In 1934, legendary ear, nose and throat physician J. B. Costen coined the term temporomandibular joint dysfunction (TMJD). Today, many of us incorrectly refer to this condition as TMJ, which identifies the joint itself, and not the disorder. The most common symptoms associated with TMJD, are pain with chewing, clicking, or popping of the jaw. But many other symptoms can result from TMJ dysfunction including: headaches, fatigue, sleep disturbances, irritability, a loss of focus, ringing in ears, head and neck tension, sinus congestion and ear infections.
Causes of TMJ dysfunction include blunt trauma to head and neck, slip and falls on the sacrum causing compensations up the spine and into the cranial bones, whiplash accidents, orthodontics, and prolonged deskwork or “text-neck” leading to forward head postures (Fig 1). Understanding the relationship between proper functioning of the upper cervical spine, cranial bones, and the temporomandibular joint is critical for massage and bodyworkers dealing with this sometimes-debilitating condition.
Clients presenting with head-forward postures are vulnerable to increased stress not only in the neck, but the jaw as well. When the head and neck move forward in the sagittal plane, the brain’s visual proprioceptors cause the occiput to backward-bend on atlas. This remarkable proprioceptive reflex (Law of Righting) will cock the head back to level the eyes against the horizon even if it means ravaging the neck. Sustained isometric contraction in the suboccipitals and other capital extensor muscles places the entire nervous system in a heightened state of alert.
With the head and neck jutted forward, passive tensile forces develop in the hyoid and digastric muscles. The brain, in essence, is trying to compensate for the forward head posture by pulling the cranium back using the jaw muscles. Unfortunately, the hyoid, digastric, and the lateral pterygoid muscles are jaw openers. Sustained hypercontraction in these muscle groups only creates greater stress on the TM joint as the mandible is forced to translate posteriorly and inferiorly…a condition called jaw retrusion (Fig 2).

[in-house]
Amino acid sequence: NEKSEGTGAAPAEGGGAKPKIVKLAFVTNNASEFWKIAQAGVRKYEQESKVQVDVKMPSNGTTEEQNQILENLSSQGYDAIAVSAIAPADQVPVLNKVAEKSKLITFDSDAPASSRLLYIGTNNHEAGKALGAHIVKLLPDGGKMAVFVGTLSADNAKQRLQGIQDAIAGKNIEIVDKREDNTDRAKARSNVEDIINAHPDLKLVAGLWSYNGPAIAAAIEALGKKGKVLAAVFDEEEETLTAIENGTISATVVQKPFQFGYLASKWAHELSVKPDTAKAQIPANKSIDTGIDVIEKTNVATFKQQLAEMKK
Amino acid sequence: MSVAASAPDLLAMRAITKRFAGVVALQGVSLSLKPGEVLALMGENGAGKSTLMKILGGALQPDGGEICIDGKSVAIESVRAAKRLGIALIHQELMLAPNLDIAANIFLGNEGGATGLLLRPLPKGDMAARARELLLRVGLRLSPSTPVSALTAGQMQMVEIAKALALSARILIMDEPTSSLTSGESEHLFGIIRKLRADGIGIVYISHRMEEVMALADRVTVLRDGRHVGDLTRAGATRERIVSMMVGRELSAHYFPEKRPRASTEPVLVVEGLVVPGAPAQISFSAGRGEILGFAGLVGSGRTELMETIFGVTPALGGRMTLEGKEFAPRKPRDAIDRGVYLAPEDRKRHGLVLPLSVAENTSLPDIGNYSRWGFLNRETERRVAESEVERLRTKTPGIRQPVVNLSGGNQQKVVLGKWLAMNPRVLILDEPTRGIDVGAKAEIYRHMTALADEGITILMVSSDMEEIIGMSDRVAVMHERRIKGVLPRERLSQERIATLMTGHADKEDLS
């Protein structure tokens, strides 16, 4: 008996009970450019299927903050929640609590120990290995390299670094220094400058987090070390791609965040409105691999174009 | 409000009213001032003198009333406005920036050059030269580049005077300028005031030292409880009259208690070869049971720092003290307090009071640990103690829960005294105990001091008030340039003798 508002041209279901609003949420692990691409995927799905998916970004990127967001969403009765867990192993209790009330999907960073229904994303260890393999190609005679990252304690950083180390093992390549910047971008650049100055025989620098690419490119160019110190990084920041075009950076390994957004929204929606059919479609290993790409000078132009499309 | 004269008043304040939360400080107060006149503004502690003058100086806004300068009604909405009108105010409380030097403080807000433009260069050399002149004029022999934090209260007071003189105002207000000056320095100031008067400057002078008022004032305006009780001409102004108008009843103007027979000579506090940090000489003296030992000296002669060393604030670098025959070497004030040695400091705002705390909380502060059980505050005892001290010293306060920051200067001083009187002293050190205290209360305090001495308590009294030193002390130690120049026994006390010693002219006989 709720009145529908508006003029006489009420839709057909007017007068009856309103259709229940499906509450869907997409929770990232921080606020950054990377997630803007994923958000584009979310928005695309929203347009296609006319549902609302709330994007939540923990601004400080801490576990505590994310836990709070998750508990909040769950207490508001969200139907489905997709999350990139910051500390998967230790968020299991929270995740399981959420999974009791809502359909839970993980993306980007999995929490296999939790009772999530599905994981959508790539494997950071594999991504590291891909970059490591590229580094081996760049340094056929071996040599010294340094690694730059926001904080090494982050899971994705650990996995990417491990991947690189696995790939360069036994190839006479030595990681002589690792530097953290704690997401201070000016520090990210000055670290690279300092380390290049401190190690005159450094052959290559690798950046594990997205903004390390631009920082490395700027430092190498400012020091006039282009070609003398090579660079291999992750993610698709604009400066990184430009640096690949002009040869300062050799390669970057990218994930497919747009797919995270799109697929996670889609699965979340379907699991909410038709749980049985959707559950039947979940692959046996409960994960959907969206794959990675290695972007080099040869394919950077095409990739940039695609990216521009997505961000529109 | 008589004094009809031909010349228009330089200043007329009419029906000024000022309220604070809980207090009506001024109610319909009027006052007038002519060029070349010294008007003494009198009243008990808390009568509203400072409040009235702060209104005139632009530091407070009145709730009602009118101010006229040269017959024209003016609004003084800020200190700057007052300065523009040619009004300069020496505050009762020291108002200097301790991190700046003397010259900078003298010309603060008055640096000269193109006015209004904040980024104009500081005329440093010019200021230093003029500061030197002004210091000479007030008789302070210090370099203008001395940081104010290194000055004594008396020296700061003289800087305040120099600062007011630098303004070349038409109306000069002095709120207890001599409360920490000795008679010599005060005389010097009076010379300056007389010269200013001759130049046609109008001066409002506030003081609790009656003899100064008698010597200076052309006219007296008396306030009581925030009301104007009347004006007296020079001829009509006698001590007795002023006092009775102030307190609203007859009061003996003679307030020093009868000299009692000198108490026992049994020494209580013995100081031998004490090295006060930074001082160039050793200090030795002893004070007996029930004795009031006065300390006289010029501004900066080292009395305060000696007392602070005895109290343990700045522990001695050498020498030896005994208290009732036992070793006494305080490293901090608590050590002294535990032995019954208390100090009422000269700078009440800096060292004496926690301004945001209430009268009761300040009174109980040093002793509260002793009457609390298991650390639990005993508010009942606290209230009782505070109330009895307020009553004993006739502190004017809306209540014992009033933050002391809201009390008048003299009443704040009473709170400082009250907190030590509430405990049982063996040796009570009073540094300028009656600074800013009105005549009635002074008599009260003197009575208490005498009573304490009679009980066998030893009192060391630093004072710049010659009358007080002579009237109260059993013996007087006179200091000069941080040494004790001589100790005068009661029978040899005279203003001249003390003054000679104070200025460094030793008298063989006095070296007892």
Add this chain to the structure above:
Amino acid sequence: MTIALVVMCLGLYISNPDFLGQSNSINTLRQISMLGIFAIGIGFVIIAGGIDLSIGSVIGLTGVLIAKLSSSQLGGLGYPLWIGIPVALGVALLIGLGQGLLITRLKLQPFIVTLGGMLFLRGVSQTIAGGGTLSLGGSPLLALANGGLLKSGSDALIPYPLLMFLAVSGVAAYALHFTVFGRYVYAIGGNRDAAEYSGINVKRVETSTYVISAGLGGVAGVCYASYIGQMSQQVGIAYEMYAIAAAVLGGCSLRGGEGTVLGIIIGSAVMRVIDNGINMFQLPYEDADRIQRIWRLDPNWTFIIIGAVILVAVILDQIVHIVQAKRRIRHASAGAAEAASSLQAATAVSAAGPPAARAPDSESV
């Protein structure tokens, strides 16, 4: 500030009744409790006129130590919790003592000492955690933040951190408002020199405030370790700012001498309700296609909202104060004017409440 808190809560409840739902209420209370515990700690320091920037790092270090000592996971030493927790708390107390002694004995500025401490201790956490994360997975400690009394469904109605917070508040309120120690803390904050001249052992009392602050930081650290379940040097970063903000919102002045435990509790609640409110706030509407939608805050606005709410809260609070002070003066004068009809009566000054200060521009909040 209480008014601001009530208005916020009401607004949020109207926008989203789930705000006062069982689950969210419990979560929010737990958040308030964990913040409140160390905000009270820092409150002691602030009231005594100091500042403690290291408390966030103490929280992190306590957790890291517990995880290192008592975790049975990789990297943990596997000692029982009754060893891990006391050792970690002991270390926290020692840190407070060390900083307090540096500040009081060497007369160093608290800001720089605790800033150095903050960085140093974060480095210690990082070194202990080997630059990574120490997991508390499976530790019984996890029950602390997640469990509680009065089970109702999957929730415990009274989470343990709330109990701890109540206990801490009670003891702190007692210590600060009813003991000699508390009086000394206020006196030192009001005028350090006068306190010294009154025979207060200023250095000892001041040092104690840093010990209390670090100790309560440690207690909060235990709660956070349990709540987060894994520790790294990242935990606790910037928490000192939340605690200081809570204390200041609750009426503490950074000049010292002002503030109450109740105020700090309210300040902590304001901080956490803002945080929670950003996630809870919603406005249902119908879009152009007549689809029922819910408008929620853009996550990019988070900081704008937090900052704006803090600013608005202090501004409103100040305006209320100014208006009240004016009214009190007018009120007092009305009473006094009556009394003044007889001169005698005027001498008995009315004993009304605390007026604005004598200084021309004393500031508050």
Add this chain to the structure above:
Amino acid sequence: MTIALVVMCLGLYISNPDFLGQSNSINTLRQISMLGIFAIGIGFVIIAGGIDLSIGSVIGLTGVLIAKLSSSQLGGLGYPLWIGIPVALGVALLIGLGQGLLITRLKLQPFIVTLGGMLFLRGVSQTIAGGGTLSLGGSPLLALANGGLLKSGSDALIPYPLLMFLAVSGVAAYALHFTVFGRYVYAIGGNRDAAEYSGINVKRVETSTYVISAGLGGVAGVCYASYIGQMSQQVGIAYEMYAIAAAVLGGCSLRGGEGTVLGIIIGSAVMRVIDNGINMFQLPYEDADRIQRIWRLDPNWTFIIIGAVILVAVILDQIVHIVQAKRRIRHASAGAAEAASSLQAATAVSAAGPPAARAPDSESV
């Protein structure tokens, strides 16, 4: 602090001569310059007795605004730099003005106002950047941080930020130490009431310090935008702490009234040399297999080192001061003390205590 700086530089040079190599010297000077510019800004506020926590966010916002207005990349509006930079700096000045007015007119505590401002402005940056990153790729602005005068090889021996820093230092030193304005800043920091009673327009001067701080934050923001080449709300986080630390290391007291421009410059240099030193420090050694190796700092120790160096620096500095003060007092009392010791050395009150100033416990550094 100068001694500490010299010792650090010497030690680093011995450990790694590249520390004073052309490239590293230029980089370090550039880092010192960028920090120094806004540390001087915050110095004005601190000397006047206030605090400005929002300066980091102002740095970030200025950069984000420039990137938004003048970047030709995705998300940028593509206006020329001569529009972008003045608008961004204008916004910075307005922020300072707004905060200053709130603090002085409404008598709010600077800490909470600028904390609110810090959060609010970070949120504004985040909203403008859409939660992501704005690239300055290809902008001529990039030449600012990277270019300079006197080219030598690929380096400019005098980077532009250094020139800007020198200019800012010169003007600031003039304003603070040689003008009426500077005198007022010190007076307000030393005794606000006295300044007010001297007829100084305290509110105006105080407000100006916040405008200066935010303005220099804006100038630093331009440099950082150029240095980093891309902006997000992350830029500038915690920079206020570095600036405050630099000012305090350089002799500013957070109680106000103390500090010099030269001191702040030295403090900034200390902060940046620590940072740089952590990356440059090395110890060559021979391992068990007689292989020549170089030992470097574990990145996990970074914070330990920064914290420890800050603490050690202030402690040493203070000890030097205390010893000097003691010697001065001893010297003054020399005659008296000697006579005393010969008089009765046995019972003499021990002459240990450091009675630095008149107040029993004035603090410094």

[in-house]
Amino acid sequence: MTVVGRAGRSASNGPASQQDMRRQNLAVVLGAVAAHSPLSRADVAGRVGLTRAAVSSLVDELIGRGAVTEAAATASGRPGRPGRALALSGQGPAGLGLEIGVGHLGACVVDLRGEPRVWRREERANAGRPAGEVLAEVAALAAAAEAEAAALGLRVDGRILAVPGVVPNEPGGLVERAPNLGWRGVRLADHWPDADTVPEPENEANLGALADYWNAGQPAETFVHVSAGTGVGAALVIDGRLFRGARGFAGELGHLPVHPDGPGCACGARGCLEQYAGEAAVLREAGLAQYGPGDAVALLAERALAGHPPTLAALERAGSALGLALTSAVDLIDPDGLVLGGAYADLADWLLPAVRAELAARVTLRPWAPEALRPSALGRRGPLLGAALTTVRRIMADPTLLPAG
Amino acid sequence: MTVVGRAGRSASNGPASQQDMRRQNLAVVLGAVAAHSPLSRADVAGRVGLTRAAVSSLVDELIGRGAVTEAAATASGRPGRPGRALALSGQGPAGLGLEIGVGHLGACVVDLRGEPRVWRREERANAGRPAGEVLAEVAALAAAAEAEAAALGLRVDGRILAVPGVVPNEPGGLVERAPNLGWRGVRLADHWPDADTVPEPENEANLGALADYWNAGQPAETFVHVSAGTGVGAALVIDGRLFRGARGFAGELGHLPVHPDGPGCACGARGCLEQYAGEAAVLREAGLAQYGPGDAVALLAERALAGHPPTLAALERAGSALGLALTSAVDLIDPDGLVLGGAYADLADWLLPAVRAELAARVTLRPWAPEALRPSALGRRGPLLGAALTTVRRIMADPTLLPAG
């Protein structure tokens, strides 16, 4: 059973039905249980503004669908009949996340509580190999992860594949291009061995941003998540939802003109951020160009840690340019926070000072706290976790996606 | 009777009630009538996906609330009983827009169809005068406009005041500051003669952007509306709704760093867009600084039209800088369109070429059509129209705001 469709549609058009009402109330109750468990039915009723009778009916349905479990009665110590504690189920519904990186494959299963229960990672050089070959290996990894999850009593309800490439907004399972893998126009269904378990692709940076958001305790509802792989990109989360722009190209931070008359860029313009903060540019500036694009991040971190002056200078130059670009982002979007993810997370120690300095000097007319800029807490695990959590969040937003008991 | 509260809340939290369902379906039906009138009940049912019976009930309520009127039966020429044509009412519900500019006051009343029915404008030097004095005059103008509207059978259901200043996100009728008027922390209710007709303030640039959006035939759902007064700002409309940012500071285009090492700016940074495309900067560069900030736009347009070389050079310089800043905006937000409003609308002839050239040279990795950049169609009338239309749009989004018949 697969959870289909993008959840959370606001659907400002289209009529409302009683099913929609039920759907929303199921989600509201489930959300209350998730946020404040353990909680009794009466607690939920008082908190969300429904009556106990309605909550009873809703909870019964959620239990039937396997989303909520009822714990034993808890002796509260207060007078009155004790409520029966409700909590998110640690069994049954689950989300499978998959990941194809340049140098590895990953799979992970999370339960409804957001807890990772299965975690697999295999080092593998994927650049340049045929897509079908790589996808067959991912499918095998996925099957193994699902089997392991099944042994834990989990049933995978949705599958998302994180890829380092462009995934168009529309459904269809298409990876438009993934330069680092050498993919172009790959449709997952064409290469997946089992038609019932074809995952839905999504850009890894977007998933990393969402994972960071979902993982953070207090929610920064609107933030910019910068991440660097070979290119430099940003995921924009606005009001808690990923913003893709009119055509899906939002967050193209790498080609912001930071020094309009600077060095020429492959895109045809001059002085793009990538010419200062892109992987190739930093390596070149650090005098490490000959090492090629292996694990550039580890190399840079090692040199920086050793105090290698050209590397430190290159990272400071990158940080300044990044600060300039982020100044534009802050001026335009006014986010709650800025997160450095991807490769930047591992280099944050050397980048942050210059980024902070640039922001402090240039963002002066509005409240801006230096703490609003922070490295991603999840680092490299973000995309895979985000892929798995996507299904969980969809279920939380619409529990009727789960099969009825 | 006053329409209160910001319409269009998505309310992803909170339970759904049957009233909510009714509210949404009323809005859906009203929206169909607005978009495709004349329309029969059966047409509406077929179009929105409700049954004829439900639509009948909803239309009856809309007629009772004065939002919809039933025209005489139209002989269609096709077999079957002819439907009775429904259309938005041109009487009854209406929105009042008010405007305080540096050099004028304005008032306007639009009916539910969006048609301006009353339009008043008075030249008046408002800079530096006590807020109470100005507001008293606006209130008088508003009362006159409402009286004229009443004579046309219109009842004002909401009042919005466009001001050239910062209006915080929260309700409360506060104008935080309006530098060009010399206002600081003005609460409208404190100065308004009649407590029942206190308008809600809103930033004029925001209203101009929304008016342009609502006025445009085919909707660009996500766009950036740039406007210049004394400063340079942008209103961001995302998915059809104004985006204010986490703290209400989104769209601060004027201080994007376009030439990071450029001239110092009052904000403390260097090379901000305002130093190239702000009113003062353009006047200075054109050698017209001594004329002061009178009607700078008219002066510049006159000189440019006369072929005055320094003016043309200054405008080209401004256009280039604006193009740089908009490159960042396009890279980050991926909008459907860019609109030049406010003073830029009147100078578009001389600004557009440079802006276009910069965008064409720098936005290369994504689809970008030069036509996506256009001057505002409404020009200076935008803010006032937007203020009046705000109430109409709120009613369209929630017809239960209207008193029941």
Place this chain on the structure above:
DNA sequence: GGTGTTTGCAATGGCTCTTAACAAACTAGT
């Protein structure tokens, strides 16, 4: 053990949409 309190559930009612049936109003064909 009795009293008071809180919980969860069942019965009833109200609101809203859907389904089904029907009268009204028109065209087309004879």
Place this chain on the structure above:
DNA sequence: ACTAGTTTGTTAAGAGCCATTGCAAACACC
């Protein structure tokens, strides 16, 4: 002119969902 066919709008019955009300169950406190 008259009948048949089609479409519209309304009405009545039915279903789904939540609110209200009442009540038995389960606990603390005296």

In an effort to keep the head from jutting forward, the brain has inadvertently created another bothersome problem…the mouth wants to hang open. So, the only recourse the brain has now is to call on powerful jaw closers such as the temporalis, masseter and medial pterygoid muscles (Fig. 3). Thus, the battle begins and the mouth closers usually win, but at a terrible cost to the TM joint and neck. Antagonistic co-contraction of these muscle groups promotes abnormal mandibular positioning, nerve compression, ligamentous strain, and disc compression, leading to the TMJD disorders we commonly see in our massage and bodywork practices.
Here’s a condensed list of symptoms that may accompany TMJD:
In long-term forward-head TMJD sufferers, the effects of jaw retrusion may begin to impact the 11th cranial accessory nerve. Since this nerve directly innervates the upper trapezius and sternocleidomastoids, prolonged irritation can neurologically shorten these muscles initiating a “Catch 22” pain cycle. As the upper traps cock the head back and the SCMs pull it forward, excessive tension mounts in the hyoid, digastric, masseter, pterygoid, and temporalis muscles, which, in turn, cause even greater TMJ compression.
Optimal head and neck functioning requires that TMJ surfaces retain their ability to glide freely on one another. I’ve found it helpful to first deal with the head-forward posture and then the jaw itself. In the video below, I demonstrate a simple decompressive routine to add to the TMJ and neck techniques you already do. Before performing any intra-oral work, be sure it falls within the scope of practice with your state licensing laws…thanks!
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